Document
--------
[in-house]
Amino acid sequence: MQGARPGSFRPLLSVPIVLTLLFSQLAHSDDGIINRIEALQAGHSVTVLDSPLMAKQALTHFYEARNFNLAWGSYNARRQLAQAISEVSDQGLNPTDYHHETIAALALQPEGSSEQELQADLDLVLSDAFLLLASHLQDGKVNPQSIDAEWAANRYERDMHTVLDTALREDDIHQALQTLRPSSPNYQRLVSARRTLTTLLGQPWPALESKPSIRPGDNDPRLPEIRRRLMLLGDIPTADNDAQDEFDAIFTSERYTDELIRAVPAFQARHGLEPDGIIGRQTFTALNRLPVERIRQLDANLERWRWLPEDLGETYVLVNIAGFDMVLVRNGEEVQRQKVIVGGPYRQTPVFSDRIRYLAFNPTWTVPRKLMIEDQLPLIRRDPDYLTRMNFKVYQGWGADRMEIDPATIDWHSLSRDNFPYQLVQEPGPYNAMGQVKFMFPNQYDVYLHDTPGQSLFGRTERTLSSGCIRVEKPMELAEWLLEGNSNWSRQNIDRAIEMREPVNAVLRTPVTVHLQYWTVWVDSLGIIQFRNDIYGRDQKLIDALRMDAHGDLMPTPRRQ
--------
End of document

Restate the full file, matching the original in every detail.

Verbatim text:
[in-house]
Amino acid sequence: MQGARPGSFRPLLSVPIVLTLLFSQLAHSDDGIINRIEALQAGHSVTVLDSPLMAKQALTHFYEARNFNLAWGSYNARRQLAQAISEVSDQGLNPTDYHHETIAALALQPEGSSEQELQADLDLVLSDAFLLLASHLQDGKVNPQSIDAEWAANRYERDMHTVLDTALREDDIHQALQTLRPSSPNYQRLVSARRTLTTLLGQPWPALESKPSIRPGDNDPRLPEIRRRLMLLGDIPTADNDAQDEFDAIFTSERYTDELIRAVPAFQARHGLEPDGIIGRQTFTALNRLPVERIRQLDANLERWRWLPEDLGETYVLVNIAGFDMVLVRNGEEVQRQKVIVGGPYRQTPVFSDRIRYLAFNPTWTVPRKLMIEDQLPLIRRDPDYLTRMNFKVYQGWGADRMEIDPATIDWHSLSRDNFPYQLVQEPGPYNAMGQVKFMFPNQYDVYLHDTPGQSLFGRTERTLSSGCIRVEKPMELAEWLLEGNSNWSRQNIDRAIEMREPVNAVLRTPVTVHLQYWTVWVDSLGIIQFRNDIYGRDQKLIDALRMDAHGDLMPTPRRQ